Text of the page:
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CA Prop 14 Explained

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Intro: Enhanced Democracy

In June 2010, CA voters passed a state constitutional amendment that radically democratizes some of the state's electoral processes. The measure was approved 54% to 46%. The major democratic benefit is that now all registered voters can participate in the primary election no matter what party the voter has registered in, even if he or she registers as "no party preference." The former process was a closed primary. Only voters who had registered in a qualified political party could vote for one of their party's candidates for public office in the primary. Qualified political parties included the usual Republicans and Democrats, as well as a few tiny "third parties" (Peace and Freedom, Libertarian, Green, etc).

Voters who had not registered in one of those parties, but had registered as something else, like Socialist, Constitutional Party, etc., or as independent of any party, could not vote for any primary candidate for any state partisan office, like governor, senator, assembly member; or, for any partisan federal office, like US senator or member of the House of Representatives. This was hugely discriminatory to people who did not want to affiliate with any of the qualified political parties, and California has over three million independent identifiers.

One Ballot for All

The old system was also a wasteful process. Each county government would print separate sample ballots for each qualified party, and another separate sample ballot for voters not in a qualified party. The same process would be done for absentee voters, of which there are millions. Those nonpartisan ballots would be for state and local measures, and for nonpartisan offices, like judges and School Superintendent. Voting machines would have to be programmed to bar voters from voting for a party candidate if the voter is not registered in that party. Extra work for expensive programmers, and extra costs for counties.

Under Prop 14, there is only one ballot for all voters. Candidates are listed by office. They can have their party preference follow their name, any party they choose, or they can state "no party preference." Programming voting machines will be easier, and if paper must be used for mailing out sample ballots and absentee ballots, rather than email for instance, at least having only one list will save on the costs of preparation and printing.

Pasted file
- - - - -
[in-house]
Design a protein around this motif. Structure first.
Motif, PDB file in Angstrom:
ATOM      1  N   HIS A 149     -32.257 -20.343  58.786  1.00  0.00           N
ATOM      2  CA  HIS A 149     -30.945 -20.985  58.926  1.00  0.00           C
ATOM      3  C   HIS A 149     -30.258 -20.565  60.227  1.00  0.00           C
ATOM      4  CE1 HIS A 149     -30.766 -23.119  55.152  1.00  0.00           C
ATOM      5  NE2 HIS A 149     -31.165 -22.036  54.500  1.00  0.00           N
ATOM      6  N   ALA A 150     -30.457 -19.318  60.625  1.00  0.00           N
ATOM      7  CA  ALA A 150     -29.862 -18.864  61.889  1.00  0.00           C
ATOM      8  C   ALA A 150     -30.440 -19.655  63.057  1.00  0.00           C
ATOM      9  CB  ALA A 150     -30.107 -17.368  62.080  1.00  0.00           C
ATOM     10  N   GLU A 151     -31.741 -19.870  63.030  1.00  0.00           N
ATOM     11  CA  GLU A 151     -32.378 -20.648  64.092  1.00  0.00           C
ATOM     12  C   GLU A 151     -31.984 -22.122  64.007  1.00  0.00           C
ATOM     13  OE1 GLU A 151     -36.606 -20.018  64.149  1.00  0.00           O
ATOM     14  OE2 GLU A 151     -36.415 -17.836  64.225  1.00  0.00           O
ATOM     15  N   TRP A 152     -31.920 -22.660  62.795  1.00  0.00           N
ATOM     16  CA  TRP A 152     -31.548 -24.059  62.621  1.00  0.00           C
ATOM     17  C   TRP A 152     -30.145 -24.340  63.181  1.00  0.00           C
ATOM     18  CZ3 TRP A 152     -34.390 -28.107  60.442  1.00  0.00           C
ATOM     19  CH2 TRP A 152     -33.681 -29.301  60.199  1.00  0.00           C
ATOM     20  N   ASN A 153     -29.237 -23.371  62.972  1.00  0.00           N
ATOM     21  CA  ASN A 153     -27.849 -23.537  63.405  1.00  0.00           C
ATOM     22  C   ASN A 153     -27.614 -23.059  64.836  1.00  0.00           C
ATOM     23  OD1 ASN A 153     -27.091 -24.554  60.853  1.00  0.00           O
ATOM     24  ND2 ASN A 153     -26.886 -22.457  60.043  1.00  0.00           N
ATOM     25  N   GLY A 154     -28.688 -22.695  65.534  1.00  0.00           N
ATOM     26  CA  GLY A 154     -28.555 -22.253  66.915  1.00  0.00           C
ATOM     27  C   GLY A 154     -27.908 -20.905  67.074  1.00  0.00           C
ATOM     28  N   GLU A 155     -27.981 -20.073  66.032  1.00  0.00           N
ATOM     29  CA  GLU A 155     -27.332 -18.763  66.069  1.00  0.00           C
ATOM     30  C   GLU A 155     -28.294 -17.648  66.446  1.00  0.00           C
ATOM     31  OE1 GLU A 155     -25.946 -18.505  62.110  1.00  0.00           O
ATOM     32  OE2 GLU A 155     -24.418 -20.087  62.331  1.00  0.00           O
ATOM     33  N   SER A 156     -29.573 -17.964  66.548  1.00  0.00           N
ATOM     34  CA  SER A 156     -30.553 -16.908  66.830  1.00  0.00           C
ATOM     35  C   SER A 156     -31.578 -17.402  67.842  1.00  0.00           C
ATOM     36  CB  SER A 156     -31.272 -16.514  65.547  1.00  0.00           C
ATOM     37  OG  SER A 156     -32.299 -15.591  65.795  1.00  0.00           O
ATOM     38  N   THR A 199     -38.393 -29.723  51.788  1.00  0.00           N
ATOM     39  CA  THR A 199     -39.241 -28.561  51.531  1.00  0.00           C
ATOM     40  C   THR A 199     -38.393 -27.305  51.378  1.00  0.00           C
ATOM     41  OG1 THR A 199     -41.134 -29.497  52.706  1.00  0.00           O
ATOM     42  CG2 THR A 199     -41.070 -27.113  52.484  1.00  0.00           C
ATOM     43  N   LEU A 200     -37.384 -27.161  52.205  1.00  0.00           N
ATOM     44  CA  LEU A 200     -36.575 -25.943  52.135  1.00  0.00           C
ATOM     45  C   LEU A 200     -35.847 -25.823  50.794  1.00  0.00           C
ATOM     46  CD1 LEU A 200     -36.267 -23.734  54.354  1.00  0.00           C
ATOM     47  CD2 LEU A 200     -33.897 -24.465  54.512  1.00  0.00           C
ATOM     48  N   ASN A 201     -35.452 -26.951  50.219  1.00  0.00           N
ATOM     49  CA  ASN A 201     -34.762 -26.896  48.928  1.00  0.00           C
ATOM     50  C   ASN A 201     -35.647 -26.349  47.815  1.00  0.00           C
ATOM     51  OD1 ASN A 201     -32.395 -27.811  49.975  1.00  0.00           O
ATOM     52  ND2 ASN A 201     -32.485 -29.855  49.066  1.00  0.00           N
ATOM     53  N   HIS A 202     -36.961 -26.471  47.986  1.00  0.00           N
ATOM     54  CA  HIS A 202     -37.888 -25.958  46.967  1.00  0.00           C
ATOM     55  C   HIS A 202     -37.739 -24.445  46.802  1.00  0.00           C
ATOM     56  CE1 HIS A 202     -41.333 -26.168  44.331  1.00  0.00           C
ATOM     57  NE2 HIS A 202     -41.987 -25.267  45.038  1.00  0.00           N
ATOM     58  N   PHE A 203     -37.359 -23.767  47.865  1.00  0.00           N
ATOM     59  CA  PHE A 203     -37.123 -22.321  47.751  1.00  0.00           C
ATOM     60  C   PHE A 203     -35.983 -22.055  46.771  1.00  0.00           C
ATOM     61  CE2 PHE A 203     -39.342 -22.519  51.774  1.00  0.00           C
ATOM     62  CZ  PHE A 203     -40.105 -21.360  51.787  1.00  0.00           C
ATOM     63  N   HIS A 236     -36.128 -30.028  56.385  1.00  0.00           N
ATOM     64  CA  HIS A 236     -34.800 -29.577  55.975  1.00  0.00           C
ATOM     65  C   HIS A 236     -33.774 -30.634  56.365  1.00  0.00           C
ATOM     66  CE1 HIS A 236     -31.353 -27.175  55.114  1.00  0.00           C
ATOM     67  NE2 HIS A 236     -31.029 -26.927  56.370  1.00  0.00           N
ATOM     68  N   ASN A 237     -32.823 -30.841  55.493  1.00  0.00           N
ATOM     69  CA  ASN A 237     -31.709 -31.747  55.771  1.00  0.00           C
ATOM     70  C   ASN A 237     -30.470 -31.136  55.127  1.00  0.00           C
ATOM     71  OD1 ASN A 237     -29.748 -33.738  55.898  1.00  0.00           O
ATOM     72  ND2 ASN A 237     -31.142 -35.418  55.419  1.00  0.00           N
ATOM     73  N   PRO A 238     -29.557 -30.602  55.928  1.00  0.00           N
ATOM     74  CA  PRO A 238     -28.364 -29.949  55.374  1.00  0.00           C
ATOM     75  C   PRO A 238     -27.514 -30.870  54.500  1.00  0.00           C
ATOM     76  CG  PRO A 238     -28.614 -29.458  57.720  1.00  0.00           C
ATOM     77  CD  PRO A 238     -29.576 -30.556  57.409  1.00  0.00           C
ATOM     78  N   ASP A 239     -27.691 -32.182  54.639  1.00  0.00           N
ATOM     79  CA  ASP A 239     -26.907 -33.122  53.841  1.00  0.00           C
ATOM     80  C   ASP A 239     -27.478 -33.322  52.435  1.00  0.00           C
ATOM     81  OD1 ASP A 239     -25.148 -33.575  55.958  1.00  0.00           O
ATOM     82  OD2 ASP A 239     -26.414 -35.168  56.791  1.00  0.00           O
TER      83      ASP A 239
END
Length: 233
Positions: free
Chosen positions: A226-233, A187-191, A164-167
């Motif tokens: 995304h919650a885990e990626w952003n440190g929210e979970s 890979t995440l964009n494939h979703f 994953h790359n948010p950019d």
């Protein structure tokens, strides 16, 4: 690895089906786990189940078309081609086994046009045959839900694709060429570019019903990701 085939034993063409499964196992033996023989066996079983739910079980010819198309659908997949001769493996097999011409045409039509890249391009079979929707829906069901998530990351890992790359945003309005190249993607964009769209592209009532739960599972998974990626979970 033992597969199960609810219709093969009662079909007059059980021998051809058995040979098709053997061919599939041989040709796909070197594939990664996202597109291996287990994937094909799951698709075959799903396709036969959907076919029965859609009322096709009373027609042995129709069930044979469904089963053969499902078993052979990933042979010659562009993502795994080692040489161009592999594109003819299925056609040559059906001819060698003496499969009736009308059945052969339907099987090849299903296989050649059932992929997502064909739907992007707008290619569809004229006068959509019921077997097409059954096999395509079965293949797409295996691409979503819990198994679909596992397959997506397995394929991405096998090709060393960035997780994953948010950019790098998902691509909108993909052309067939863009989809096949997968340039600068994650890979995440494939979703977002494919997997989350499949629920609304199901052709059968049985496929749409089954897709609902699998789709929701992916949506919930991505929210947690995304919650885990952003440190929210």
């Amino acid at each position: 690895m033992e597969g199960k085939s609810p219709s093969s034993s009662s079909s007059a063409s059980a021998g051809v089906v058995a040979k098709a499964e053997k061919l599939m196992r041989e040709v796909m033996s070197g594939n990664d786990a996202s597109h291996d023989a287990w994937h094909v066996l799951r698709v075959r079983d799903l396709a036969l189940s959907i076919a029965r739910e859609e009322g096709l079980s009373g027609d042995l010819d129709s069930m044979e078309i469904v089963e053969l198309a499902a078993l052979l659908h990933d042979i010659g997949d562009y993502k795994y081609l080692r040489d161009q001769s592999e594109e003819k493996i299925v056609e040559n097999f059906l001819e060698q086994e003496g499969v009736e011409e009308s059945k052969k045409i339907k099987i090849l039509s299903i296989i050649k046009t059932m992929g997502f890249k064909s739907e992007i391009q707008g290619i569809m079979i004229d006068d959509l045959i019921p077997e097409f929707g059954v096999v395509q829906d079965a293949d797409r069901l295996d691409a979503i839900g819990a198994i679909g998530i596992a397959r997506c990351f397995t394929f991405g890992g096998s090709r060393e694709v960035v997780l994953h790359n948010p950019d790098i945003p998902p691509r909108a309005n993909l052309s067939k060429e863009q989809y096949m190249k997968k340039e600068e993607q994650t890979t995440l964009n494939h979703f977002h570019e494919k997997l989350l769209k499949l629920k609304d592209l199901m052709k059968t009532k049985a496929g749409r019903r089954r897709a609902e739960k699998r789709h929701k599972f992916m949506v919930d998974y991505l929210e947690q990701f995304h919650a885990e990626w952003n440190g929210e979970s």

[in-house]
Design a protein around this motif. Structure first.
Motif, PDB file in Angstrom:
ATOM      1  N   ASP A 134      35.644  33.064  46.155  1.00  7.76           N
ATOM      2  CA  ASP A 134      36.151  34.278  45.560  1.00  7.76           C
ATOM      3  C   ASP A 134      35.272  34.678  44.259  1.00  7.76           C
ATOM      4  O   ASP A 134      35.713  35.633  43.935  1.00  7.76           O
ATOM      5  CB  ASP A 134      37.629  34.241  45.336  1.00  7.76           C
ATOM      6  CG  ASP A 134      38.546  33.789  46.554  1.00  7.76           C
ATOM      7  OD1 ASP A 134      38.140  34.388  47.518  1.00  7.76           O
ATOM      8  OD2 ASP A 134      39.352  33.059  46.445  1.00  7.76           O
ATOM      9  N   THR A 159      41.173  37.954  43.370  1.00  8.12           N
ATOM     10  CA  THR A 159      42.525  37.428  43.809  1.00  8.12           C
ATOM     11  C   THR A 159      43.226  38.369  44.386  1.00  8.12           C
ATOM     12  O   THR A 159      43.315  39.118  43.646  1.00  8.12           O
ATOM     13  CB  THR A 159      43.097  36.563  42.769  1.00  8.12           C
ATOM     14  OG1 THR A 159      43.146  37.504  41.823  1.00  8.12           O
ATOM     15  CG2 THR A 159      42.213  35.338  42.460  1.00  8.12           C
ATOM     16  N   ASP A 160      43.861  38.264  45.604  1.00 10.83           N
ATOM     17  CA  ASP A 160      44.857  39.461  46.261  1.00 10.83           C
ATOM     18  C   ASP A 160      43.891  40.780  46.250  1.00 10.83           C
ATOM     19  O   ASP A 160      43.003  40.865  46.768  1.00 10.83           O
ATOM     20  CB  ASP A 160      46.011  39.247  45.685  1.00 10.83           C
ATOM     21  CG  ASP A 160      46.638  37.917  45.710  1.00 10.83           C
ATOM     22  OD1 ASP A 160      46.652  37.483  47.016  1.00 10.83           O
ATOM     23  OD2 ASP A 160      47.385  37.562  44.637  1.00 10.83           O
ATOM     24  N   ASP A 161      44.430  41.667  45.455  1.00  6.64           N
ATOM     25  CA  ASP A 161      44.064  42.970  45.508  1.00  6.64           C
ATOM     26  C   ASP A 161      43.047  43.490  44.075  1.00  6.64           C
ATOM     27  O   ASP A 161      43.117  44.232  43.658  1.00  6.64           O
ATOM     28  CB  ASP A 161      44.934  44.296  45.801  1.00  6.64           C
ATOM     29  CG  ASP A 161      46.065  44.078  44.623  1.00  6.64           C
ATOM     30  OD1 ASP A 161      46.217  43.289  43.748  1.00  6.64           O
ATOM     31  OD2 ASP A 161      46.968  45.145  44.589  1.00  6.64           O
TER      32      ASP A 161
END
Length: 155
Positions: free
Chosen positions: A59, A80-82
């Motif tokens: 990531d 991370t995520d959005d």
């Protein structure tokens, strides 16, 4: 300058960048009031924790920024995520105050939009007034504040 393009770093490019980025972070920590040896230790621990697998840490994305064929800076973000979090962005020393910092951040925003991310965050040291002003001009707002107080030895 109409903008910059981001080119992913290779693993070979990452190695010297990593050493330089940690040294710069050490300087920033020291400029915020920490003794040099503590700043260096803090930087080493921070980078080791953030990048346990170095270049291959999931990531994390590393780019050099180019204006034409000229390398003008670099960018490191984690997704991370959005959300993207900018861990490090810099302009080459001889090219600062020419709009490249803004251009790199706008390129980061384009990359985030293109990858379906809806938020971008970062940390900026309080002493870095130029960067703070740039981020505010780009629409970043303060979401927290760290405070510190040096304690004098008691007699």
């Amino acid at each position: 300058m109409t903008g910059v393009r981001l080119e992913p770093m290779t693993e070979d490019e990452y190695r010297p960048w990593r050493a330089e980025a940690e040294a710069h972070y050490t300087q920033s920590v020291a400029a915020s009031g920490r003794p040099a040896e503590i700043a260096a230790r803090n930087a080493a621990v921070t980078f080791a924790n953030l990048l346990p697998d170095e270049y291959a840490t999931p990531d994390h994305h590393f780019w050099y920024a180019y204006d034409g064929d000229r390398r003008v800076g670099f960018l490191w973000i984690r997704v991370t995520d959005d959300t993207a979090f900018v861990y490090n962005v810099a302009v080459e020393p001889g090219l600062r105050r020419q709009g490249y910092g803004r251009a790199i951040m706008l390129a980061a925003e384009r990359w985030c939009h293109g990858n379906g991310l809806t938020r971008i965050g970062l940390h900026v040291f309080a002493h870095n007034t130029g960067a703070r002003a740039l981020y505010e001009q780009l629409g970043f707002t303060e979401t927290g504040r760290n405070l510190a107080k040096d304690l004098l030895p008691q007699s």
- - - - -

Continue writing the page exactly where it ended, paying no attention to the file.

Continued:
Before Prop 14, people who did not want to register as in one of the qualified parties just had to wait until the general election to vote, when they then had to choose from the menu the parties had given them. There was also an option to write-in a name, or get on the general election ballot by petition, but no candidate ever won that way. The qualified parties had a lock on candidate selection.

Also, independent minded people who did not like any party, but who wanted to vote for a candidate in a primary, were forced to choose between their personal integrity and their desire to participate in the election process. But now every voter is free to be himself or herself, and not be penalized for their independence. In the new system, every registered voter has an equal opportunity to vote in a California primary.

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http://internetvotingforall.blogspot.com/
William J. Kelleher, Ph.D. Political Scientist, author, speaker, CEO for The Internet Voting Research and Education Fund, a CA Nonprofit Foundation My new book, Internet Voting Now, on Kindle, at http://tinyurl.com/IntV-Now Blog: (more...)
 

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